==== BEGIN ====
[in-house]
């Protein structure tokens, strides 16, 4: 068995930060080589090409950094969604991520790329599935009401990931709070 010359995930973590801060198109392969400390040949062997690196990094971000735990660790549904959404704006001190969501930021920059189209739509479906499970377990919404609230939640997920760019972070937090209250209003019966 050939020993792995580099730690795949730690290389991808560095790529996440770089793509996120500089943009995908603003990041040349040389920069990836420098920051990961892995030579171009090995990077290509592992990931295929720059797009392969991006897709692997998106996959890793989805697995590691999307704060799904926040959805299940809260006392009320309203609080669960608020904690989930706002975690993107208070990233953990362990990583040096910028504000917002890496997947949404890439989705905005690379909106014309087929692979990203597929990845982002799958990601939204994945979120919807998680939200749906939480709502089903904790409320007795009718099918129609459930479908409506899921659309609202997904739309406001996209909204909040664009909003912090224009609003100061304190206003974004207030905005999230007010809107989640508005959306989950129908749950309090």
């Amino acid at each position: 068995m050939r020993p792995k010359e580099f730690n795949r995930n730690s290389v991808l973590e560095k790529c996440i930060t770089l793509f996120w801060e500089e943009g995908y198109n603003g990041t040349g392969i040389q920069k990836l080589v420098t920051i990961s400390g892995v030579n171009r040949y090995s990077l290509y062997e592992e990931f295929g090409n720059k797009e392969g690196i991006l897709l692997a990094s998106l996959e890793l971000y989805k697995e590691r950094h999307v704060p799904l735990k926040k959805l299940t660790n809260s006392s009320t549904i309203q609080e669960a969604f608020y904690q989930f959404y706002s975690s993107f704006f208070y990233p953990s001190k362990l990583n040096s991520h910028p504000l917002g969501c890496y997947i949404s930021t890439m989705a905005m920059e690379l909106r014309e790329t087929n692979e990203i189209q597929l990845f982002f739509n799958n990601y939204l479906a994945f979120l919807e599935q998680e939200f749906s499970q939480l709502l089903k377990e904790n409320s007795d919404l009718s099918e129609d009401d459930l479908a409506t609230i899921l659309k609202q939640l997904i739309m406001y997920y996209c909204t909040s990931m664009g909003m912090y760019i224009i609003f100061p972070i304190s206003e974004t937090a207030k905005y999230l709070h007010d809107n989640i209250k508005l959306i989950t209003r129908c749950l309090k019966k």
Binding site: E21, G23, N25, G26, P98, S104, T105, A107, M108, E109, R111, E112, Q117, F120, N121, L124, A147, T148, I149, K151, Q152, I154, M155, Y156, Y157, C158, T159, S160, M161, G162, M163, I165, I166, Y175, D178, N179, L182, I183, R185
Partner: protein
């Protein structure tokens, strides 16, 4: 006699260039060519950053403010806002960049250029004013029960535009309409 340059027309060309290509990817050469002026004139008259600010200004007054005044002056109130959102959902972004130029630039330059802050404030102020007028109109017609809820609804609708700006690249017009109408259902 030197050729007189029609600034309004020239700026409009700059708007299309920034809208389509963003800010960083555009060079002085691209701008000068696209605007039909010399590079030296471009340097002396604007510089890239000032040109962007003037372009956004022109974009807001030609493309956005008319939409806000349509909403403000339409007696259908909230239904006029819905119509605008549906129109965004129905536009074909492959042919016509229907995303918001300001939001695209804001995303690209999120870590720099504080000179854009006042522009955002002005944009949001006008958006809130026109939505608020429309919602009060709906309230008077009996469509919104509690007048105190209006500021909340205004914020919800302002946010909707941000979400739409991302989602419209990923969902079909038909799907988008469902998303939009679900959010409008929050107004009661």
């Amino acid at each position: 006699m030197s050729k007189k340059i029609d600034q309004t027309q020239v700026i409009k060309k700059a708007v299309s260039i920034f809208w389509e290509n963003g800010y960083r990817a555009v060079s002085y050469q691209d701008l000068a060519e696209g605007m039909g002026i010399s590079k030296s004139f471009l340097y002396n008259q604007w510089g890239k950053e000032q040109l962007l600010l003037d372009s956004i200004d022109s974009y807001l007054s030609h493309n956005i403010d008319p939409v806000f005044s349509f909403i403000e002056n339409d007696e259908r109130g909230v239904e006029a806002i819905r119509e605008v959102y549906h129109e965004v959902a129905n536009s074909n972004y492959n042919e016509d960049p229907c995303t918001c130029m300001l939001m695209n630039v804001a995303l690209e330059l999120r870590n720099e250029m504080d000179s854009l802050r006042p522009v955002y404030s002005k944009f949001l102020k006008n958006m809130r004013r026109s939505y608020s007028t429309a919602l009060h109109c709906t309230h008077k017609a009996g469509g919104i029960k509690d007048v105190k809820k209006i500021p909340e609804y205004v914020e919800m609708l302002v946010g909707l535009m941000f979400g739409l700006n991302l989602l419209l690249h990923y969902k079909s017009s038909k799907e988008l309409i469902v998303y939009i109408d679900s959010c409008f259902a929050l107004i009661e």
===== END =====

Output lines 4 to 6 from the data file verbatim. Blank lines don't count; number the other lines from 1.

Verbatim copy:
Binding site: E21, G23, N25, G26, P98, S104, T105, A107, M108, E109, R111, E112, Q117, F120, N121, L124, A147, T148, I149, K151, Q152, I154, M155, Y156, Y157, C158, T159, S160, M161, G162, M163, I165, I166, Y175, D178, N179, L182, I183, R185
Partner: protein
């Protein structure tokens, strides 16, 4: 006699260039060519950053403010806002960049250029004013029960535009309409 340059027309060309290509990817050469002026004139008259600010200004007054005044002056109130959102959902972004130029630039330059802050404030102020007028109109017609809820609804609708700006690249017009109408259902 030197050729007189029609600034309004020239700026409009700059708007299309920034809208389509963003800010960083555009060079002085691209701008000068696209605007039909010399590079030296471009340097002396604007510089890239000032040109962007003037372009956004022109974009807001030609493309956005008319939409806000349509909403403000339409007696259908909230239904006029819905119509605008549906129109965004129905536009074909492959042919016509229907995303918001300001939001695209804001995303690209999120870590720099504080000179854009006042522009955002002005944009949001006008958006809130026109939505608020429309919602009060709906309230008077009996469509919104509690007048105190209006500021909340205004914020919800302002946010909707941000979400739409991302989602419209990923969902079909038909799907988008469902998303939009679900959010409008929050107004009661």